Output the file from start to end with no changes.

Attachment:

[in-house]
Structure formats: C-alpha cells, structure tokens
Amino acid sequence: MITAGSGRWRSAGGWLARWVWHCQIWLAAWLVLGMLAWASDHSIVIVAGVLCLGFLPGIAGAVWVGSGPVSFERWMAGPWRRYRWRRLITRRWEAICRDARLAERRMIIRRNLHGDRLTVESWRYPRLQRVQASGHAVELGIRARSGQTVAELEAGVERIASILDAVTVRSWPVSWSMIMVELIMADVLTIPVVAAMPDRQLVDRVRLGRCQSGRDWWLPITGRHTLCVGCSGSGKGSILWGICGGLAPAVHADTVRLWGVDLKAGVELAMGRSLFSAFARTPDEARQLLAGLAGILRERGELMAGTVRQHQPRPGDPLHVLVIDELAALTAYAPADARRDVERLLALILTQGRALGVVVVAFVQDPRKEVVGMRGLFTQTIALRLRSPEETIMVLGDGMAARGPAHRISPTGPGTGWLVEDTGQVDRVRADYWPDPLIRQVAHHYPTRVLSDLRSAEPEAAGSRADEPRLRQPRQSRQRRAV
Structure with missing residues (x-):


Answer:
[in-house]
Structure formats: C-alpha cells, structure tokens
Amino acid sequence: MITAGSGRWRSAGGWLARWVWHCQIWLAAWLVLGMLAWASDHSIVIVAGVLCLGFLPGIAGAVWVGSGPVSFERWMAGPWRRYRWRRLITRRWEAICRDARLAERRMIIRRNLHGDRLTVESWRYPRLQRVQASGHAVELGIRARSGQTVAELEAGVERIASILDAVTVRSWPVSWSMIMVELIMADVLTIPVVAAMPDRQLVDRVRLGRCQSGRDWWLPITGRHTLCVGCSGSGKGSILWGICGGLAPAVHADTVRLWGVDLKAGVELAMGRSLFSAFARTPDEARQLLAGLAGILRERGELMAGTVRQHQPRPGDPLHVLVIDELAALTAYAPADARRDVERLLALILTQGRALGVVVVAFVQDPRKEVVGMRGLFTQTIALRLRSPEETIMVLGDGMAARGPAHRISPTGPGTGWLVEDTGQVDRVRADYWPDPLIRQVAHHYPTRVLSDLRSAEPEAAGSRADEPRLRQPRQSRQRRAV
Structure with missing residues (x-):